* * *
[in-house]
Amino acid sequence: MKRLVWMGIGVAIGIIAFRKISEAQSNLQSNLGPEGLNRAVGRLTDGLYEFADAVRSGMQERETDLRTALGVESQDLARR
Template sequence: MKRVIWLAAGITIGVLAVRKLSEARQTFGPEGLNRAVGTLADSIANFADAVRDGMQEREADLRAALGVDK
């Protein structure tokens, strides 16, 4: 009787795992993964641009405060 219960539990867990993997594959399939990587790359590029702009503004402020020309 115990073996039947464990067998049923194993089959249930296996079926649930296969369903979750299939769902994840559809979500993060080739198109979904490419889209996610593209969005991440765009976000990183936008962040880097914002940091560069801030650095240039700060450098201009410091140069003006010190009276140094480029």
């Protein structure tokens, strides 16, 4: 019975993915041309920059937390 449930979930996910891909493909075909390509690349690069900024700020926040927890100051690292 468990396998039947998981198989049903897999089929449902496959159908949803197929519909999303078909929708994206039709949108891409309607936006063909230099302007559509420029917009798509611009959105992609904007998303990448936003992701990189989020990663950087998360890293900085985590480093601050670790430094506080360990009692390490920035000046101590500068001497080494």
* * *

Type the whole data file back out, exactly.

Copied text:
[in-house]
Amino acid sequence: MKRLVWMGIGVAIGIIAFRKISEAQSNLQSNLGPEGLNRAVGRLTDGLYEFADAVRSGMQERETDLRTALGVESQDLARR
Template sequence: MKRVIWLAAGITIGVLAVRKLSEARQTFGPEGLNRAVGTLADSIANFADAVRDGMQEREADLRAALGVDK
């Protein structure tokens, strides 16, 4: 009787795992993964641009405060 219960539990867990993997594959399939990587790359590029702009503004402020020309 115990073996039947464990067998049923194993089959249930296996079926649930296969369903979750299939769902994840559809979500993060080739198109979904490419889209996610593209969005991440765009976000990183936008962040880097914002940091560069801030650095240039700060450098201009410091140069003006010190009276140094480029």
């Protein structure tokens, strides 16, 4: 019975993915041309920059937390 449930979930996910891909493909075909390509690349690069900024700020926040927890100051690292 468990396998039947998981198989049903897999089929449902496959159908949803197929519909999303078909929708994206039709949108891409309607936006063909230099302007559509420029917009798509611009959105992609904007998303990448936003992701990189989020990663950087998360890293900085985590480093601050670790430094506080360990009692390490920035000046101590500068001497080494």